Heart health screenings to provide protection against the unexpected
Written by Leo Wolfson
Sponsored by St. Anthony Summit Medical Center
Heart disease can pounce on its victims with little warning.
“There are risk factors for cardiovascular disease that people may not know that they have,” said Dr. Peter Lemis of Summit Cardiology. “People have pre-diabetes and don’t know it, somebody’s blood pressure is high and that’s a symptomatic condition, there’s no real way to tell if you have high blood pressure without the blood test.”
Since these types of diseases don’t necessarily affect day-to-day life, patients may be unaware that they exist. In fact, according to Lemis, about one in five heart attacks are silent.
There are, however, ways to diagnose heart problems before it’s too late. One preventative measure is attending one of the upcoming heart health screenings in Summit County. The free public screenings hosted by St. Anthony Summit Medical Center and Breckenridge Grand Vacations are open to all ages, risk levels and genders. The first screening is Wednesday, Feb. 1, at both St. Anthony Summit Medical Center and the Summit County Library’s south branch in Breckenrdige, from 7 a.m. to 1 p.m., with four more screenings scheduled through May.
According to Lemis, these screenings, “Help the people who are interested in finding out what their risks are for developing cardiovascular disease. … The first step in taking care of heart problems is to prevent it from developing. That’s why we have the concept of risk factors.”
At the screenings staff will analyze cholesterol numbers, blood glucose levels, blood pressure, body mass index and results of a lifestyle quiz to determine potential risk for having a stroke. Participants are encouraged to bring blood draw results if they’ve had their blood drawn in the past year, but blood draws are available at the screenings.
Funding for the screenings is supported by the Breckenridge Grand Vacations’ BGV Gives program. BGV was founded on the legacy of one of their former employees, Rob Millisor. Millisor died from a fatal heart attack in October 2015 and is in many ways the poster child for these heart health screenings.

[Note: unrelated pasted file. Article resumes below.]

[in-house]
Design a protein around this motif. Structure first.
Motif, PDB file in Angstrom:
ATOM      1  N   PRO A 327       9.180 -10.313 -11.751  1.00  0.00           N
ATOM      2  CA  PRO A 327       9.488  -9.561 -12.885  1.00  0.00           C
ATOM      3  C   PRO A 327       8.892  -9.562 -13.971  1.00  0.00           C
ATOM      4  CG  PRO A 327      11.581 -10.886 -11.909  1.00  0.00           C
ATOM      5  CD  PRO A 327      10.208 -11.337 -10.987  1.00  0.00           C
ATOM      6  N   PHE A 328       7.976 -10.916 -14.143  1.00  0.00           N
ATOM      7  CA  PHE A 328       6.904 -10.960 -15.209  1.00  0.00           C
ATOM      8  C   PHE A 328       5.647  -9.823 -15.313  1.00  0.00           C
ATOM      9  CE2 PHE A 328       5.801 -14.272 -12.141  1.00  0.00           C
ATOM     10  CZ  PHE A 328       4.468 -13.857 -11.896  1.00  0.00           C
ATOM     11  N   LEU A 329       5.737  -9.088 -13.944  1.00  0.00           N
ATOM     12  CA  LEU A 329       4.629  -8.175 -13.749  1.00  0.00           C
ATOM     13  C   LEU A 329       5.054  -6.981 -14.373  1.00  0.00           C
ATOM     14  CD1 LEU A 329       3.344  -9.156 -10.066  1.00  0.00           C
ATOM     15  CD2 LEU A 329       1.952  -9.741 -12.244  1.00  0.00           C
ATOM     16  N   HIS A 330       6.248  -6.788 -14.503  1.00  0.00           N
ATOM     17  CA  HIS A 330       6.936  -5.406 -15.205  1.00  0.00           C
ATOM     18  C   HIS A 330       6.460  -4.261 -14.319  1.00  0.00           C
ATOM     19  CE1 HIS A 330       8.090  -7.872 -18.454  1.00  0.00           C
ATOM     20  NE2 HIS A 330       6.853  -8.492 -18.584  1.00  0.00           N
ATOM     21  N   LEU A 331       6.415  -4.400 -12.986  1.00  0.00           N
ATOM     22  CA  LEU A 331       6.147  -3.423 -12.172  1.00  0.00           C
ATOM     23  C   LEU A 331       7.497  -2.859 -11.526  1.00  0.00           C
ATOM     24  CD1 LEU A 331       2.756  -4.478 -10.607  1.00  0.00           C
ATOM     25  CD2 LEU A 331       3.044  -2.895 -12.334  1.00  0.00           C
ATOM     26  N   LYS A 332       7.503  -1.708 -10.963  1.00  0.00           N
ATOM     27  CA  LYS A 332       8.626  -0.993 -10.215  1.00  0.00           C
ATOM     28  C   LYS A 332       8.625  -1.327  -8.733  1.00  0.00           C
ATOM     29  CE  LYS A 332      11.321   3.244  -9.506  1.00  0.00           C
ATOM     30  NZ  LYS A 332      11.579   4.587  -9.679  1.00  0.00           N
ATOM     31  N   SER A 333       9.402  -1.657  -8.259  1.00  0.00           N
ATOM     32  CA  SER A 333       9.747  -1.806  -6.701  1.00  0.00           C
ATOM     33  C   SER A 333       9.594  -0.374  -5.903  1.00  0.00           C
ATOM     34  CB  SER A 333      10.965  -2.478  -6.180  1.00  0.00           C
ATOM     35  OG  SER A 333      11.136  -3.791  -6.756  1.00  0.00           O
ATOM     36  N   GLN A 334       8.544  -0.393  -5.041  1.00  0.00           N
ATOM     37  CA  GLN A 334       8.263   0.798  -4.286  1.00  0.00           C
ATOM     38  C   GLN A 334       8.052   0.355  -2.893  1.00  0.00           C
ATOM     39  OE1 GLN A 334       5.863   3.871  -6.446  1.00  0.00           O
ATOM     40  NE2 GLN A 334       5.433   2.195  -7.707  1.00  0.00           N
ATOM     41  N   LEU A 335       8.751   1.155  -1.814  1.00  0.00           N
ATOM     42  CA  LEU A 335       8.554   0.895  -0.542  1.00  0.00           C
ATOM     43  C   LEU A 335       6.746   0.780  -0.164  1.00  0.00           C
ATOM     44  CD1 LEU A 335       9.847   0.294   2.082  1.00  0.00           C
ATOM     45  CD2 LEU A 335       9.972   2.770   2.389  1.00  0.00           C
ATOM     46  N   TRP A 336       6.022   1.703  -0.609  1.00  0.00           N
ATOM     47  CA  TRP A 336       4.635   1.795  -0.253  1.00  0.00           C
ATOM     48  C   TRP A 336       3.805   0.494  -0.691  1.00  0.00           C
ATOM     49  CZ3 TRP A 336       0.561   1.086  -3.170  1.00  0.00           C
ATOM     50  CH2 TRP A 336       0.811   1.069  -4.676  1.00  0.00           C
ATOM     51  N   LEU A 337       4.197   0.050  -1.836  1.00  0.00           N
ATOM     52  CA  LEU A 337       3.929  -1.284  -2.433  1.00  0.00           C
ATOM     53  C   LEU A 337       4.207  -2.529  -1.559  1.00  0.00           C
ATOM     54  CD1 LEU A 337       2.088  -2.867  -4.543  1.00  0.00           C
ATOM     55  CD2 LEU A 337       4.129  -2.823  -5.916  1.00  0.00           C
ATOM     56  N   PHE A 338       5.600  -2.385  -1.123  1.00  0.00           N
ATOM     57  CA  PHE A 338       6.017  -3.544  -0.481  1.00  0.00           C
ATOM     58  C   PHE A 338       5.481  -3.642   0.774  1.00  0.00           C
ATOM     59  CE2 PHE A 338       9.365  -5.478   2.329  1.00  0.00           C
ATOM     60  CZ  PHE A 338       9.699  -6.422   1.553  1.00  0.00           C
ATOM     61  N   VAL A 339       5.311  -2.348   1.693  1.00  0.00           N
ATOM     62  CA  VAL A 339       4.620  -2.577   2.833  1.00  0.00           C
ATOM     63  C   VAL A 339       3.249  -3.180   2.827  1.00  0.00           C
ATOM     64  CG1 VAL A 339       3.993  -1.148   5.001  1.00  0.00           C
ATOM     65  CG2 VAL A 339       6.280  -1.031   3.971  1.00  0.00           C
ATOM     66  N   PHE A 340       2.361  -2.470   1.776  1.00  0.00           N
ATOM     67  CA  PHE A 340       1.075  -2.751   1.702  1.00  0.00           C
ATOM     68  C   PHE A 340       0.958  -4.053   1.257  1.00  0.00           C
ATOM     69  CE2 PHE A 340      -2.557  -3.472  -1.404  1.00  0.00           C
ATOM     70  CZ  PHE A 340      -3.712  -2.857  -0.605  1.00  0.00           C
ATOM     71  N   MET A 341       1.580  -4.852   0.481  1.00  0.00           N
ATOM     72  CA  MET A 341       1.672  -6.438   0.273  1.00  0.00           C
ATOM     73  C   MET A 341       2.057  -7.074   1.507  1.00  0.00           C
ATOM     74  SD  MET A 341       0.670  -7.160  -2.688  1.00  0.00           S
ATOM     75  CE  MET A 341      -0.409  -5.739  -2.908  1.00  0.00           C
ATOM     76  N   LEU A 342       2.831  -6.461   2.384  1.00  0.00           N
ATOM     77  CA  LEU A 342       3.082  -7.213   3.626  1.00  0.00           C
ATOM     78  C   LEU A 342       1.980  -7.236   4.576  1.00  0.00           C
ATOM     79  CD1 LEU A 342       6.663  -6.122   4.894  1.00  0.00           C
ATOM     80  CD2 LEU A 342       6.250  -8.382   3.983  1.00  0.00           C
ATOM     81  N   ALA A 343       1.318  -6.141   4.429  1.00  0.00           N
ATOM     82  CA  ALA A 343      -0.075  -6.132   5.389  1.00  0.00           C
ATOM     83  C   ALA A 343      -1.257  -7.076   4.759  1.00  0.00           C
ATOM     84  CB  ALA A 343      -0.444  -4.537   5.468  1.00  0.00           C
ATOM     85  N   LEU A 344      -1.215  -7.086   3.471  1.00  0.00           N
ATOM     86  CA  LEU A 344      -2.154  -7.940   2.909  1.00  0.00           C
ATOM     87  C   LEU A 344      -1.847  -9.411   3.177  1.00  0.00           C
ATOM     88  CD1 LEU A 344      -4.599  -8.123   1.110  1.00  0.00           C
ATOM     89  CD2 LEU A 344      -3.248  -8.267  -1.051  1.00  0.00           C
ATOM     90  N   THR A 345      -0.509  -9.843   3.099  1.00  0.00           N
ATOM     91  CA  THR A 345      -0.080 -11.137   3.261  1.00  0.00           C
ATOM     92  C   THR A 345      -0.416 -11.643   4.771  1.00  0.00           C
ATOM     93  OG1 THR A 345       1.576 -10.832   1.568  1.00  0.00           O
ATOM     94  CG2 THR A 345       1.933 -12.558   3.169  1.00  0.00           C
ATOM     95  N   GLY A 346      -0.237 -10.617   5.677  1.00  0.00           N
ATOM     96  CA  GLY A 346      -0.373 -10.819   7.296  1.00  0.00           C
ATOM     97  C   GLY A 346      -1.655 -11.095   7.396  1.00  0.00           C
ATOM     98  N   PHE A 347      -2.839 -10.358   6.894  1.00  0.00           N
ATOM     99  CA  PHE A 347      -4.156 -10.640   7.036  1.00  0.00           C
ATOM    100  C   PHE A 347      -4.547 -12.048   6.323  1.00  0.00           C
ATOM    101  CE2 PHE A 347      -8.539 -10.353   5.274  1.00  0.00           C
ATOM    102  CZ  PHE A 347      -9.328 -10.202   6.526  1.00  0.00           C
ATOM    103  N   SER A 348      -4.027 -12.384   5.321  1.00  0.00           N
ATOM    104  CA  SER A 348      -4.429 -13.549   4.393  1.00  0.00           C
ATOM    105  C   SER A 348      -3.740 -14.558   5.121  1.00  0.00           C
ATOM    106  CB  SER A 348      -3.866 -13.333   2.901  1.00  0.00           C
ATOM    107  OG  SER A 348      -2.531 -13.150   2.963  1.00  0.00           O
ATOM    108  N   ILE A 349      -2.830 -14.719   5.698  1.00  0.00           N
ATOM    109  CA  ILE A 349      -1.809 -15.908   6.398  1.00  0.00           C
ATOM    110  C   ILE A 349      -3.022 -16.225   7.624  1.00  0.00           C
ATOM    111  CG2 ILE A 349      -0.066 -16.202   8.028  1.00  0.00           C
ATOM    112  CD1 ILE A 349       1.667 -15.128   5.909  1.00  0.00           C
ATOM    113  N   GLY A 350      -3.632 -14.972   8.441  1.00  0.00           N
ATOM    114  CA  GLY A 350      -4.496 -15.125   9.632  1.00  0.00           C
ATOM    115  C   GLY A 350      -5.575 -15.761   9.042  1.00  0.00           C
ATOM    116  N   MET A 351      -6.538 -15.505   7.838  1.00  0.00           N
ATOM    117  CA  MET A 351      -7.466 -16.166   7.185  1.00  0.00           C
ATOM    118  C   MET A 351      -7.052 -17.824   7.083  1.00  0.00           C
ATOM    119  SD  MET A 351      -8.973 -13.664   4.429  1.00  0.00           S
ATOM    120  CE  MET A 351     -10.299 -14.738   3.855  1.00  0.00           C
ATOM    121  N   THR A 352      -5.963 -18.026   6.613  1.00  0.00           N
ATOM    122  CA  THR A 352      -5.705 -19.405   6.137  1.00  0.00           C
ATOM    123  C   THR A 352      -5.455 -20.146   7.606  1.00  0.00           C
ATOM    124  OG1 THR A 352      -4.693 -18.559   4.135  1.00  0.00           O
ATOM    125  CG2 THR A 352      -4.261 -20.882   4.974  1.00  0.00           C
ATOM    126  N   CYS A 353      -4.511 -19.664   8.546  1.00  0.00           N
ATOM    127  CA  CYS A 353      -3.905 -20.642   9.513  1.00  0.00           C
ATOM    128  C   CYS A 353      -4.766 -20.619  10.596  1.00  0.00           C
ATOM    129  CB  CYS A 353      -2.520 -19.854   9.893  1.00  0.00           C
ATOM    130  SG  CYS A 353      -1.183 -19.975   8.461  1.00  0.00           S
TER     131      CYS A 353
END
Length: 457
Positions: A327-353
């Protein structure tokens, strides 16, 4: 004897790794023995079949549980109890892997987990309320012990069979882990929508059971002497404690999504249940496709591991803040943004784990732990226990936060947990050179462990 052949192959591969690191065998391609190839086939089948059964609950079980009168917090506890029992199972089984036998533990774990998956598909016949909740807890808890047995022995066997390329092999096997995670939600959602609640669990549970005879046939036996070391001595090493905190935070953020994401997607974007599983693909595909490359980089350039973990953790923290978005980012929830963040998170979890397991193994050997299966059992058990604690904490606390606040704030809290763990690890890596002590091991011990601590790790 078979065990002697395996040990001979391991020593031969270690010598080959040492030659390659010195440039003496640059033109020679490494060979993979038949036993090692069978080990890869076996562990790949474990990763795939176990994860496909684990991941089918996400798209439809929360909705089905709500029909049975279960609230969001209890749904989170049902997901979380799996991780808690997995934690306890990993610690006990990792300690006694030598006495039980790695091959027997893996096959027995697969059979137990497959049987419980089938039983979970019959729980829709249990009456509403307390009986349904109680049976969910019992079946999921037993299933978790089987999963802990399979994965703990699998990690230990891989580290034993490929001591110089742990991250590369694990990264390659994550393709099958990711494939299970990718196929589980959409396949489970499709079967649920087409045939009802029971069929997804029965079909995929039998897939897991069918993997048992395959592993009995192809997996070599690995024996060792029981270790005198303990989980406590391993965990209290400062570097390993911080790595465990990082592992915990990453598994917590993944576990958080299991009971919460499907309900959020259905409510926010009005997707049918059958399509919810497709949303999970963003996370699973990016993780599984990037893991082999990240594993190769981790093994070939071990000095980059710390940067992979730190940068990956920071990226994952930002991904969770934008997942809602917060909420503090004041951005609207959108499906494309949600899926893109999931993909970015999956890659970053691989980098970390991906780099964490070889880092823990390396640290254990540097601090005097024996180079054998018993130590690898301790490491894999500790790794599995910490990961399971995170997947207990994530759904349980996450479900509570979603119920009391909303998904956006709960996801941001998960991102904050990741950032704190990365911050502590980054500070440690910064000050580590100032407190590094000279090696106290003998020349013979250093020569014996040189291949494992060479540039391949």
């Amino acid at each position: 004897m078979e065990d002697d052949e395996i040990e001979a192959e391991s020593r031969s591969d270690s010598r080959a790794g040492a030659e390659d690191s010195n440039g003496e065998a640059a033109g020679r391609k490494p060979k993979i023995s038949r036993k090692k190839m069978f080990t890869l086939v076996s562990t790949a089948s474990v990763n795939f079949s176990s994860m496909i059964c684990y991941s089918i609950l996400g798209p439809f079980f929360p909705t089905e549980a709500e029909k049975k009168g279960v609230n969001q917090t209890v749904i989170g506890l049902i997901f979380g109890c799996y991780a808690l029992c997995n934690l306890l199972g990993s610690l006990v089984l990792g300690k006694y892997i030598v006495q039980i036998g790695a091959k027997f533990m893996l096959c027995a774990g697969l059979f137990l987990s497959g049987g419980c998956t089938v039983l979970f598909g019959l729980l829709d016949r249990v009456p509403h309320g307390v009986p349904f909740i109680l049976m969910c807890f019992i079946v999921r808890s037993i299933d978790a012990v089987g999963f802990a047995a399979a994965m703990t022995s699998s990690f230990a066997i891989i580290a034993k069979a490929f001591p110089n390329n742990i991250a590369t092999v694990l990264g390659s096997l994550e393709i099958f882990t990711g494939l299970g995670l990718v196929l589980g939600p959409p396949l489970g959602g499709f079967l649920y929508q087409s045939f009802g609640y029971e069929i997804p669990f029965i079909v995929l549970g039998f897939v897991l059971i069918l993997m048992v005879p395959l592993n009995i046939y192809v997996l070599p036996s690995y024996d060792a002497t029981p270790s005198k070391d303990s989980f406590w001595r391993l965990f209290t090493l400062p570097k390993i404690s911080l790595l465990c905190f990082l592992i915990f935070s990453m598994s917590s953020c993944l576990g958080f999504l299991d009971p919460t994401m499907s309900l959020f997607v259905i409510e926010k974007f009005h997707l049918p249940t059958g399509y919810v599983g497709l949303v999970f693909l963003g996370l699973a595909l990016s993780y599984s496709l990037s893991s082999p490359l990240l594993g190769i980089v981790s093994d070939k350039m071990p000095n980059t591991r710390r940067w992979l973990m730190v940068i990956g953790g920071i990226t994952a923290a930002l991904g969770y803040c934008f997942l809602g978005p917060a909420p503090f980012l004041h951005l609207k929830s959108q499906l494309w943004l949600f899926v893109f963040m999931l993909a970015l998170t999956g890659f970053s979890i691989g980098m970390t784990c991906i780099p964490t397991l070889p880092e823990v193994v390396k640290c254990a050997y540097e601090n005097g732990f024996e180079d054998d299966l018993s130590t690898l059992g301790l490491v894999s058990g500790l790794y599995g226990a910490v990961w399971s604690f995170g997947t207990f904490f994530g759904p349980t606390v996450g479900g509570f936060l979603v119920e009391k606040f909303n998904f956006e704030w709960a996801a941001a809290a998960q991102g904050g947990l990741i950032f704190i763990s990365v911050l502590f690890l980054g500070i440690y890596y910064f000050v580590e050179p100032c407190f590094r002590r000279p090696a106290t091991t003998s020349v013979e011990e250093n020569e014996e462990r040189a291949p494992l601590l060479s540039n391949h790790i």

“This is a very heartfelt legacy to make sure and provide so that this doesn’t happen to anybody else,” said BGV Gives program manager Deb Edwards.
Millisor, 51, lived a healthy lifestyle like many Summit County residents, running, golfing and hiking in his free time. Tragedy struck Rob unexpectedly when he suffered a sudden cardiac attack while on a mission trip in Nepal.
“He looked and felt perfectly healthy and did not know that he had an underlying condition that caused him to have a heart attack and die,” said Edwards. “While we all feel like we’re really healthy and fit at this altitude, there’s some underlying issues that may not be readily noticeable.”
Lemis considers those as young as 40 years old to be entering the danger zone for heart health risk because of the chance of genetic preconditions.
“The question was asked, could this have been prevented? His (Millisor’s) brother found without any symptoms … that he had a heart problem and then had it fixed. Otherwise (he) could have possibly faced the same consequence if he hadn’t had it diagnosed,” Lemis said.
The screenings are not intended to be a substitute for yearly check-ups with a doctor but what they do provide is extra protection against problems that may have developed during that year, and assistance for those who can’t afford to see a doctor frequently. Everyone has different risk factors so the only way to be certain that your safe is by attending one of the upcoming health screenings or seeing a doctor.
“Heart attacks don’t happen to just the older population so we want to be sure that anyone in the community can take advantage of these programs. They’re 100 percent free and even if you’re healthy it’s a great screening to have a baseline,” said Edwards.
On June 2, the annual Rob Millisor Heart Health Walk will be held in Breckenridge with proceeds from the walk going directly into the BGV Gives program. The walk offers participants two different courses to choose from with a 1-mile in-town route or a 5K trail option.
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